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If you're looking at a mature business that's past the growth phase, what are some of the underlying trends that pop up? Businesses in decline often have two underlying trends, firstly, a declining return on capital employed (ROCE) and a declining base of capital employed. This combination can tell you that not only is the company investing less, it's earning less on what it does invest. In light of that, from a first glance at Domtar (NYSE:UFS), we've spotted some signs that it could be struggling, so let's investigate.
What is Return On Capital Employed (ROCE)?
Just to clarify if you're unsure, ROCE is a metric for evaluating how much pre-tax income (in percentage terms) a company earns on the capital invested in its business. The formula for this calculation on Domtar is:
Return on Capital Employed = Earnings Before Interest and Tax (EBIT) ÷ (Total Assets - Current Liabilities)
0.015 = US$63m ÷ (US$4.8b - US$703m) (Based on the trailing twelve months to September 2020).
So, Domtar has an ROCE of 1.5%. In absolute terms, that's a low return and it also under-performs the Forestry industry average of 9.7%.
In the above chart we have measured Domtar's prior ROCE against its prior performance, but the future is arguably more important. If you'd like, you can check out the forecasts from the analysts covering Domtar here for free.
What The Trend Of ROCE Can Tell Us
There is reason to be cautious about Domtar, given the returns are trending downwards. To be more specific, the ROCE was 6.7% five years ago, but since then it has dropped noticeably. Meanwhile, capital employed in the business has stayed roughly the flat over the period. This combination can be indicative of a mature business that still has areas to deploy capital, but the returns received aren't as high due potentially to new competition or smaller margins. If these trends continue, we wouldn't expect Domtar to turn into a multi-bagger.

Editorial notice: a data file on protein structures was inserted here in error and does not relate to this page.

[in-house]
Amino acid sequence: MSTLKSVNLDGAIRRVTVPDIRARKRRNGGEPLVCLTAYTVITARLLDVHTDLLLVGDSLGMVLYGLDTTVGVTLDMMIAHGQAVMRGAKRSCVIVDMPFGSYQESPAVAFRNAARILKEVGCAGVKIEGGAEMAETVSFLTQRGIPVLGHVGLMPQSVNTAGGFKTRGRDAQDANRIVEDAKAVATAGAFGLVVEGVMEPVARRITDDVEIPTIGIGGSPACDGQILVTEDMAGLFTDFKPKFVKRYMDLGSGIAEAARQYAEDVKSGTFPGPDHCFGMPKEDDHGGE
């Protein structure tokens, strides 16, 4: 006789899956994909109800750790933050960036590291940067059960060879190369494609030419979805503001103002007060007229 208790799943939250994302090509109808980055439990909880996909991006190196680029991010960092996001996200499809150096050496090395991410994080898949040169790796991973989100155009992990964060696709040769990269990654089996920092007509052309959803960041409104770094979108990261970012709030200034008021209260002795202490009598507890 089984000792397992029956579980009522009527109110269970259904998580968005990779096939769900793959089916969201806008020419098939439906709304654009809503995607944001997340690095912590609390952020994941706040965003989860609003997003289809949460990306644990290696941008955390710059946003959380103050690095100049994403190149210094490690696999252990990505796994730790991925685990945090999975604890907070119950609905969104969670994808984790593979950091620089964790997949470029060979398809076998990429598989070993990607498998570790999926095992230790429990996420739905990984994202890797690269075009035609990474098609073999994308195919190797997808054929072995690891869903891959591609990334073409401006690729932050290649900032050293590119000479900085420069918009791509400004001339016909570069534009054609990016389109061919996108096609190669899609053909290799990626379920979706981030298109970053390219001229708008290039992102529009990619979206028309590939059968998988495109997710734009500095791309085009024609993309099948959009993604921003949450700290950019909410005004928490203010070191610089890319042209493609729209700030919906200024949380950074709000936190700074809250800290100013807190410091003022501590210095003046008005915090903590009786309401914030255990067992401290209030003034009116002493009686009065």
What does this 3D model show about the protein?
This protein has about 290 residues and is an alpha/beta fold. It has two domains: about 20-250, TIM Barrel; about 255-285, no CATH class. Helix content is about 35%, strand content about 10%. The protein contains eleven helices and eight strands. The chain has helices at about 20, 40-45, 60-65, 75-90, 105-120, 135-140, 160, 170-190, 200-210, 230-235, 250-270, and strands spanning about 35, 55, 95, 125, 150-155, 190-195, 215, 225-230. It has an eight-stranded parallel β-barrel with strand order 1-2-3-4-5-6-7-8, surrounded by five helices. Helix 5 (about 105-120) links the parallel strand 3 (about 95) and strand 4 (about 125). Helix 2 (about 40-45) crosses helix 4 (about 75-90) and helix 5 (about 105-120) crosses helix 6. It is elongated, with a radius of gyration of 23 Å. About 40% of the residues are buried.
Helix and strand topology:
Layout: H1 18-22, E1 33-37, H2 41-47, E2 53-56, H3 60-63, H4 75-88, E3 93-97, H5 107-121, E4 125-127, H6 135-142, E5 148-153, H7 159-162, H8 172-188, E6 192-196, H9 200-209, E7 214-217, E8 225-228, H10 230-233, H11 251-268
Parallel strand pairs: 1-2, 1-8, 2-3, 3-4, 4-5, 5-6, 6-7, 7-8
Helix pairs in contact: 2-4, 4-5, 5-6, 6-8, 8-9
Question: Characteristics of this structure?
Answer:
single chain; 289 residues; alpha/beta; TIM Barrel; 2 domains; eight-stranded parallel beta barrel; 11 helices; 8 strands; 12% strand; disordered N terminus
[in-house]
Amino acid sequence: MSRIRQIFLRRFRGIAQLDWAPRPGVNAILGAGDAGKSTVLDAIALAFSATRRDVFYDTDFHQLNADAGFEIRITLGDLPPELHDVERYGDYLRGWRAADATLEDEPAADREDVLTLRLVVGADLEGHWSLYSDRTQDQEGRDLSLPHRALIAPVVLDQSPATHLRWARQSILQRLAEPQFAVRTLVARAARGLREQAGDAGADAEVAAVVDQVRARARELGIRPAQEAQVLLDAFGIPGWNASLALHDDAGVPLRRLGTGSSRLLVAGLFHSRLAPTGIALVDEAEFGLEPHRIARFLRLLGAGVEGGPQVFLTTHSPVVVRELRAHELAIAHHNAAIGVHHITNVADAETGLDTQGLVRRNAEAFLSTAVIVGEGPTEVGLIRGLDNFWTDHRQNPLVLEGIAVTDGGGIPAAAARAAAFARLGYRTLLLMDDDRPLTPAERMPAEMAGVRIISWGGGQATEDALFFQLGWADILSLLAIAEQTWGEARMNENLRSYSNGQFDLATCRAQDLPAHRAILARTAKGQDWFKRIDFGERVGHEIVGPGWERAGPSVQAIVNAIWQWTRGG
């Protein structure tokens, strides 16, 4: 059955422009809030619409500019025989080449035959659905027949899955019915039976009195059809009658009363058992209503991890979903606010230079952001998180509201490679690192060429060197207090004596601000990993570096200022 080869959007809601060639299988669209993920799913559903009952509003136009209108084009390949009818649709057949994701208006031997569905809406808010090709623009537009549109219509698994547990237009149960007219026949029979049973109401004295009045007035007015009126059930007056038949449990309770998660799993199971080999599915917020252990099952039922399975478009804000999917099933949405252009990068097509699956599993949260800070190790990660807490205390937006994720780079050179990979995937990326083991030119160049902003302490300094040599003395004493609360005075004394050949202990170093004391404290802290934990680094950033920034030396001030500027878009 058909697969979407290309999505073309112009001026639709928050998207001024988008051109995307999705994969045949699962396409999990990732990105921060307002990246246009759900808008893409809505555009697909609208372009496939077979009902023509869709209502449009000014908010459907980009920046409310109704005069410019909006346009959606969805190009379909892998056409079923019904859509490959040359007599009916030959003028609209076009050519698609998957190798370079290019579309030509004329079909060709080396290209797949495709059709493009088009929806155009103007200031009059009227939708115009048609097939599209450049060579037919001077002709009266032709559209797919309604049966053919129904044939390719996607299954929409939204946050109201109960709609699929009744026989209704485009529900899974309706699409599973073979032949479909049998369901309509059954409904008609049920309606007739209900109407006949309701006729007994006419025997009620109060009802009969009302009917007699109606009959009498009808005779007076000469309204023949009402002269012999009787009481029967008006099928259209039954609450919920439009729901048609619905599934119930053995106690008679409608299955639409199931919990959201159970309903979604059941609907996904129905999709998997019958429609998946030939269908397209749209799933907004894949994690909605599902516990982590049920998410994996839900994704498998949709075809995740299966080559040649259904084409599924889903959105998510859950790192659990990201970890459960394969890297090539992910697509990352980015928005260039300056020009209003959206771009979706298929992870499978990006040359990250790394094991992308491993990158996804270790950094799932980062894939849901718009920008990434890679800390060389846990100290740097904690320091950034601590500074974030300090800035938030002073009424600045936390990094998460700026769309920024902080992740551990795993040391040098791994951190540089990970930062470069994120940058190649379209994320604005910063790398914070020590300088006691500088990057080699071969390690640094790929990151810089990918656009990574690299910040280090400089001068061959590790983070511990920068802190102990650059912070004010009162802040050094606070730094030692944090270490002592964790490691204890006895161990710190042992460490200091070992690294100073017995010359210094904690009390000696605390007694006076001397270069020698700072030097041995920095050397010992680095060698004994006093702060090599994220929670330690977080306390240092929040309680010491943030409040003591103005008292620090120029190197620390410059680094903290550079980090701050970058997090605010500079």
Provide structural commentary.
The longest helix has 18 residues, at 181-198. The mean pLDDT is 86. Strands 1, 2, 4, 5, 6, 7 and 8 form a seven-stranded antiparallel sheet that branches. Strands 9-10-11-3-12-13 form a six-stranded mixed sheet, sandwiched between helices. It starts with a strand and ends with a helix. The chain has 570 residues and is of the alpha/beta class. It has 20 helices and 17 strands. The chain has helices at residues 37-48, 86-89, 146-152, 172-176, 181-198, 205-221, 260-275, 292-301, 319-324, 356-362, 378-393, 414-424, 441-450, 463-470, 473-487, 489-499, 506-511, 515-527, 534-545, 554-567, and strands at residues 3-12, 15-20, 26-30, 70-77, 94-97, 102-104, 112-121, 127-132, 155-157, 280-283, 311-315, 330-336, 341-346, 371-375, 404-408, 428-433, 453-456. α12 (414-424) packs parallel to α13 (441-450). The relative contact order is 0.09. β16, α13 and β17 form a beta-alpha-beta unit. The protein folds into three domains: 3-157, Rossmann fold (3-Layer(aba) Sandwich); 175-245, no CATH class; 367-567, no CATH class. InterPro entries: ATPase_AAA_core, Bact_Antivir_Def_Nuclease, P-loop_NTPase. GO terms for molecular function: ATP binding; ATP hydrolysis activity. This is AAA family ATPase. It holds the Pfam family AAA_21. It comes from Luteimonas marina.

Our Take On Domtar's ROCE
In the end, the trend of lower returns on the same amount of capital isn't typically an indication that we're looking at a growth stock. And long term shareholders have watched their investments stay flat over the last five years. That being the case, unless the underlying trends revert to a more positive trajectory, we'd consider looking elsewhere.
If you'd like to know about the risks facing Domtar, we've discovered 1 warning sign that you should be aware of.
If you want to search for solid companies with great earnings, check out this free list of companies with good balance sheets and impressive returns on equity.
This article by Simply Wall St is general in nature. It does not constitute a recommendation to buy or sell any stock, and does not take account of your objectives, or your financial situation. We aim to bring you long-term focused analysis driven by fundamental data. Note that our analysis may not factor in the latest price-sensitive company announcements or qualitative material. Simply Wall St has no position in any stocks mentioned.
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